Defected Ground Structure DGS


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Defected Ground Structure


Contents


Introduction

Abstract:Two microstrip designs based on spiral defected ground structures (DGS) are simulated using FEM and FDTD technologies in EMPro, and results are compared to measurement data.Defected Ground Structure technology makes intentionally designed defects in the ground plane, which creates beneficial inductive and capacitive effects on the designed structure. These additional networks can be used to introduce higher impedance, band rejection, and slow-wave characteristics to otherwise standard microstrip lines. The resulting microstrip structure can be significantly reduced in size compared to the conventional design. Figure 1 shows a microstrip transmission line design with a spiral array DGS on the ground plane.


Figure 1: Microstrip with a spiral array DGS

Design Challenges

There are typically no circuit models available for DGS structures in commercially available design tools. Therefore, the design and modeling of DGS structures require full-wave EM simulations. Since, with DGS structures, design perturbations are incorporated into the ground plane, the designs are no longer ideal, and designers must include the details of the ground plane defects in the EM simulations.

With EMPro's 3D EM simulators, designers can accurately predict the performance of DGS with both comprehensive frequency and time domain simulators within a single design environment.

Results

Figure 2 shows measured vs. simulated performance comparisons for the insertion loss characteristic of a microstrip transmission line with a spiral DGS array.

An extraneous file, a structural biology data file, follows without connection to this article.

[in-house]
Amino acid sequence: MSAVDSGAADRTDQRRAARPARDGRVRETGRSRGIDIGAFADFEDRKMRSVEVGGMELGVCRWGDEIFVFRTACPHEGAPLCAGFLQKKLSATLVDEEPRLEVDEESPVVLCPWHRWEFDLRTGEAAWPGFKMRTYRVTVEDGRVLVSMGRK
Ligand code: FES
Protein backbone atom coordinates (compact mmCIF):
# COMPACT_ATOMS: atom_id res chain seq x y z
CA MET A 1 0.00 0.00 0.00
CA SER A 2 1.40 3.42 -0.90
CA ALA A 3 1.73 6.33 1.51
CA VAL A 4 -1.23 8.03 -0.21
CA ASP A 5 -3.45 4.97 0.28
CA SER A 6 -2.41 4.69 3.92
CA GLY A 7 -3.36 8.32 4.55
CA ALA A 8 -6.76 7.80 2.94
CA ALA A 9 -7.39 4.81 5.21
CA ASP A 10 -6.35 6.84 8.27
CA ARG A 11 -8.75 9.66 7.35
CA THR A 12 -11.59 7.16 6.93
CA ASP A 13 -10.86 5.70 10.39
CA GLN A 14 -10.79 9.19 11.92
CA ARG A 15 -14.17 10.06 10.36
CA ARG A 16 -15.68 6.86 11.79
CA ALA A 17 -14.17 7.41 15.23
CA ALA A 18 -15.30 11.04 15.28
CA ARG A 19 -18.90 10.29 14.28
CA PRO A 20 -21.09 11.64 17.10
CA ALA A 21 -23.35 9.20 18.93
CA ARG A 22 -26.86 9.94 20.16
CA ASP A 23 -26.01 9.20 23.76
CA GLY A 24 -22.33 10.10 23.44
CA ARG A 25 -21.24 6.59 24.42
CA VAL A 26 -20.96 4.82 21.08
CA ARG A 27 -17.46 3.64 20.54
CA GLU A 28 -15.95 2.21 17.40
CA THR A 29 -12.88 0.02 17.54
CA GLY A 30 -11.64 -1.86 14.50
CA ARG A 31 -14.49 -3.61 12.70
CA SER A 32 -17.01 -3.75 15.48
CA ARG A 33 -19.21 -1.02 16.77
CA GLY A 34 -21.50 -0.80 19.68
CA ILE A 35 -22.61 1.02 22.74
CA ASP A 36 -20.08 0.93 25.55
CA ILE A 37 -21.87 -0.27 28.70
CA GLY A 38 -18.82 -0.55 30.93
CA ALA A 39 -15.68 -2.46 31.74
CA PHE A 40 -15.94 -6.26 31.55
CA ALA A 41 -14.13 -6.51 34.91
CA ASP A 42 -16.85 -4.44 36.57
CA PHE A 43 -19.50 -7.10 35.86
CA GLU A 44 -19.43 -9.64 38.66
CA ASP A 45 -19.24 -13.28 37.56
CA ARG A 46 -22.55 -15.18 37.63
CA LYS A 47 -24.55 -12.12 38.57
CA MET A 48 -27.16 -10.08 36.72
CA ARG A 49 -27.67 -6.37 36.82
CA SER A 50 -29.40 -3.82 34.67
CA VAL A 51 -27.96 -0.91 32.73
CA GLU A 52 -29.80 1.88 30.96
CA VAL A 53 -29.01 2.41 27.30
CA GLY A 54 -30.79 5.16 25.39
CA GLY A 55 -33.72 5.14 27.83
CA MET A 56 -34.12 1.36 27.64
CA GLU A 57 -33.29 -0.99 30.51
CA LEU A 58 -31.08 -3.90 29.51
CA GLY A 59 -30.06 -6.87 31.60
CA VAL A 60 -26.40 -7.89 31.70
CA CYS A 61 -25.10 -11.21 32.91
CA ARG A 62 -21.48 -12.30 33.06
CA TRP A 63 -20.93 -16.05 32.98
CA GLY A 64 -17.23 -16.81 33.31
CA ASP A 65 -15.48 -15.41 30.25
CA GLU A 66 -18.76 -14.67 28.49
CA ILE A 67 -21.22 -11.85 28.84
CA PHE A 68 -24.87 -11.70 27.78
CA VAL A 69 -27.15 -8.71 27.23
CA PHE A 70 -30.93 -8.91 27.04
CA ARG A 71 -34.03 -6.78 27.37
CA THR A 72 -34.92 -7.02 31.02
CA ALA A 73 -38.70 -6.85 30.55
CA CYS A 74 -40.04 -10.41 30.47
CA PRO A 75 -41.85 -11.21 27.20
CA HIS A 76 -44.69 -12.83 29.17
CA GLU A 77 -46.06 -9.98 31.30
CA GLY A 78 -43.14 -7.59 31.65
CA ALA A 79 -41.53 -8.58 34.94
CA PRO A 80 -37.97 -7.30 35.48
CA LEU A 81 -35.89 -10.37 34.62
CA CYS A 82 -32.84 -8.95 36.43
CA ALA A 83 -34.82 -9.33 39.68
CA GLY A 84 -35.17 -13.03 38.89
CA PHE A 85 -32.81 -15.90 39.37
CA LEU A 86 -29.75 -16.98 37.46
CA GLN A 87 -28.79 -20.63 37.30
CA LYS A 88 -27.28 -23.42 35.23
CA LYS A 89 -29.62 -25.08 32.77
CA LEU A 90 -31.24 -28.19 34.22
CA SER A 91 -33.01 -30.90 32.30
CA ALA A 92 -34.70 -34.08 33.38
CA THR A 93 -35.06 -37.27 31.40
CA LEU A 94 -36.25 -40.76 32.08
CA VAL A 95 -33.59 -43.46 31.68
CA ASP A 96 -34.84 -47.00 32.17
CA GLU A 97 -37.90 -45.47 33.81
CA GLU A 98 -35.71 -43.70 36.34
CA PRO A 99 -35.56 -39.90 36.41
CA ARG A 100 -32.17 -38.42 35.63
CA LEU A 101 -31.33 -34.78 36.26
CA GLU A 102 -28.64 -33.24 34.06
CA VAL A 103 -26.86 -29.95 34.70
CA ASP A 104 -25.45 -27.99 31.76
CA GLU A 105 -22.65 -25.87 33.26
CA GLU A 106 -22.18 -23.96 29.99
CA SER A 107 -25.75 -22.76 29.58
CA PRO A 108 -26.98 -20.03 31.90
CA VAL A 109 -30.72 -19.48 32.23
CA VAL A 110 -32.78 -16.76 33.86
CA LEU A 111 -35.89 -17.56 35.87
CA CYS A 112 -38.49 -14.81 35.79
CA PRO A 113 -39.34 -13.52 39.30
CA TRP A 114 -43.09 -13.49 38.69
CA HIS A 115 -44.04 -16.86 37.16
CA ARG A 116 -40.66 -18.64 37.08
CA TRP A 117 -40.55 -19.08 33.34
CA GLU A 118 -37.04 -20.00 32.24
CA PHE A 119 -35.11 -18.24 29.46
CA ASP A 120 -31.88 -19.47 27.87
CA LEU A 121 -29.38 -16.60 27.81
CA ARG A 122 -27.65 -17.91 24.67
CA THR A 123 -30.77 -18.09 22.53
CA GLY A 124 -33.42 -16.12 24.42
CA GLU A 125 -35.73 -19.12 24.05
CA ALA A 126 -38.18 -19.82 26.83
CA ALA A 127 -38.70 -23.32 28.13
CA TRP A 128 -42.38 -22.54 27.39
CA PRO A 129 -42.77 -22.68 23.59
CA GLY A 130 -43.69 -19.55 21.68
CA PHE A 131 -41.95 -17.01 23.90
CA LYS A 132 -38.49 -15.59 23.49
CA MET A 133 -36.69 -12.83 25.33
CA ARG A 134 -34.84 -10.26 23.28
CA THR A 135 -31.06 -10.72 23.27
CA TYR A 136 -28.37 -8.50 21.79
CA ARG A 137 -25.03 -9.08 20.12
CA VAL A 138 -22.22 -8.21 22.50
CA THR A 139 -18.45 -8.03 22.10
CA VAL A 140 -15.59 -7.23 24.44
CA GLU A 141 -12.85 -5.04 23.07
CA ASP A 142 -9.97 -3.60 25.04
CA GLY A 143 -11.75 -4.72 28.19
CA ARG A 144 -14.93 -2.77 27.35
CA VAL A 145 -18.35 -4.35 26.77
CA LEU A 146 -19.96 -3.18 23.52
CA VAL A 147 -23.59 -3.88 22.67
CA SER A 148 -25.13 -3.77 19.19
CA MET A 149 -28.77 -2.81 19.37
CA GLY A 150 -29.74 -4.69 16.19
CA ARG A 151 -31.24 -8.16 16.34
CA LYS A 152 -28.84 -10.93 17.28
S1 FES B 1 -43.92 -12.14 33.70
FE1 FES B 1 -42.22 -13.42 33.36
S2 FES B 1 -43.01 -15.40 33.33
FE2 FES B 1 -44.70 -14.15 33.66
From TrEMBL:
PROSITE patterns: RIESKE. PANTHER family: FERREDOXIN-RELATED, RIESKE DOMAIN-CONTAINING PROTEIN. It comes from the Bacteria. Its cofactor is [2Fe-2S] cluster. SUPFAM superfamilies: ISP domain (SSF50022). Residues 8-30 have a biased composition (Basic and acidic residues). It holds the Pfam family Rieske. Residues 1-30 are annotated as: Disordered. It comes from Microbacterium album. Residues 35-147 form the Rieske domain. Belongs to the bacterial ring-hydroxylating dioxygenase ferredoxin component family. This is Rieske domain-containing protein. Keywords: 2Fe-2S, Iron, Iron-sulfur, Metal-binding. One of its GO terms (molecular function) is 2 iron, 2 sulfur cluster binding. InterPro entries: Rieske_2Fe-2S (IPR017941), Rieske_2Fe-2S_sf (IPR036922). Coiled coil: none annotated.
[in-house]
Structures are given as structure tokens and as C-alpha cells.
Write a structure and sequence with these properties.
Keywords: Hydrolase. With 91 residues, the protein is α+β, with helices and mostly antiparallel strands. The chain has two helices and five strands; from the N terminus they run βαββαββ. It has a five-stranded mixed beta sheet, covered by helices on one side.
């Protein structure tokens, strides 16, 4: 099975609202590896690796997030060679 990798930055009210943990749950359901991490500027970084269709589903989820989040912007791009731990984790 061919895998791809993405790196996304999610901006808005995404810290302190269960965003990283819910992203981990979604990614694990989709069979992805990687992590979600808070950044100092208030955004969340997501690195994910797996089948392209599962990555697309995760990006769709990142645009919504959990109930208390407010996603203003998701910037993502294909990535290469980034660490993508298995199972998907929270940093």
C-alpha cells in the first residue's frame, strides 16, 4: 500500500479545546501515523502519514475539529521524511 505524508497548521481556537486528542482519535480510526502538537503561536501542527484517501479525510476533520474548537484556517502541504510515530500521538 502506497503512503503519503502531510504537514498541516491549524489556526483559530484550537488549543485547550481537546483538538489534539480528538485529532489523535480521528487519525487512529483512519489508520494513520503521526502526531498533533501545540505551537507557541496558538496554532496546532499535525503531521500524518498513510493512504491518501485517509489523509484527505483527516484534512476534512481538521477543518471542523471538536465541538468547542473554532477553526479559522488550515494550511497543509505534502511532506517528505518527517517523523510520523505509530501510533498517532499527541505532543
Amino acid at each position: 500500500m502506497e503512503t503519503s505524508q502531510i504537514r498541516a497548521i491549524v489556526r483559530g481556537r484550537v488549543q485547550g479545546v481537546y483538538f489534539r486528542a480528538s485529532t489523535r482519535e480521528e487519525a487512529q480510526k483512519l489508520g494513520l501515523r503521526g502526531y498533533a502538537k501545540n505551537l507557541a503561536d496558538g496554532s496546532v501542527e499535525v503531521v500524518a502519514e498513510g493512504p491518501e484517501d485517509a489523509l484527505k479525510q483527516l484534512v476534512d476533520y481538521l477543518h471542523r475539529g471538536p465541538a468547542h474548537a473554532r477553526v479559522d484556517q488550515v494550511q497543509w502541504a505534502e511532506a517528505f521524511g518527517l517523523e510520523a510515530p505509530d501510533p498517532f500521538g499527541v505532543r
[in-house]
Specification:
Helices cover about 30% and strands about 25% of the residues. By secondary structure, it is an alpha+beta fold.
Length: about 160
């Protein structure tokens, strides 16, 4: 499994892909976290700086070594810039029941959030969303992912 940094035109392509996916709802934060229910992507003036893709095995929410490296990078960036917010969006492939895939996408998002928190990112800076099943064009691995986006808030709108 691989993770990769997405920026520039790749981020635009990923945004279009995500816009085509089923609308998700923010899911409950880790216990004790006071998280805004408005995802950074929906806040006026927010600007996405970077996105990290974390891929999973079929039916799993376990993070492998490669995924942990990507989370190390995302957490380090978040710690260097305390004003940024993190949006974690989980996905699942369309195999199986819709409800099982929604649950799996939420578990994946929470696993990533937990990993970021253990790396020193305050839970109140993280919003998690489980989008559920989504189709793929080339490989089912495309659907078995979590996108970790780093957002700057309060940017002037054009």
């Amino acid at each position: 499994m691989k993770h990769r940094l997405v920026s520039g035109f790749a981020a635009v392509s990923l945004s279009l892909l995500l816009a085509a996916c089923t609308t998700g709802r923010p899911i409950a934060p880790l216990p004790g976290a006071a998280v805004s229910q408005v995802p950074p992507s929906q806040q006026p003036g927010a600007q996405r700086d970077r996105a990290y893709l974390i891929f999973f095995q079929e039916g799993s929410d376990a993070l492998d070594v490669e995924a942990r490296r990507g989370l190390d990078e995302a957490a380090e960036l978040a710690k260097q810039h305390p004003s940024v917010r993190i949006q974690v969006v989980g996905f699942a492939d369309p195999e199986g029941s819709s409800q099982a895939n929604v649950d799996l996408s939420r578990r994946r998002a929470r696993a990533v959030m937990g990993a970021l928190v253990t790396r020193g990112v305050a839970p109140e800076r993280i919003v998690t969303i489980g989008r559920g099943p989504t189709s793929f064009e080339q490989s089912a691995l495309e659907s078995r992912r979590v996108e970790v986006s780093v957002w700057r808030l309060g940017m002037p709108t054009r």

Figure 2: Measured vs. Simulated (Spiral DGS Array)

Figure 3 shows measured vs. simulated performance comparisons for the insertion loss characteristic of a microstrip transmission line with a single spiral.


Figure 3: Measured vs. Simulated (Single Spiral DGS)

Figure 4 shows electric field (E) plots for different frequencies with a spiral DGS array. As it is shown in the figure, the electric field is trapped within the DGS structure at the stop band frequency (band rejection).


Figure 4: Electric Field Plots

FEM and FDTD simulation technologies are complementary, with each having unique advantages. As shown in Figure 5, the TDR response can be directly obtained from FDTD simulation, which helps designers to understand the changes in the microstrip line impedance with the ground plane defects.


Figure 5: TDR of DGS

Conclusion

Both FEM and FDTD simulation technologies provide highly accurate 3D EM simulation results, enabling designers to develop and model DGS structures that improve the performance and reduce the size of their microstrip designs.

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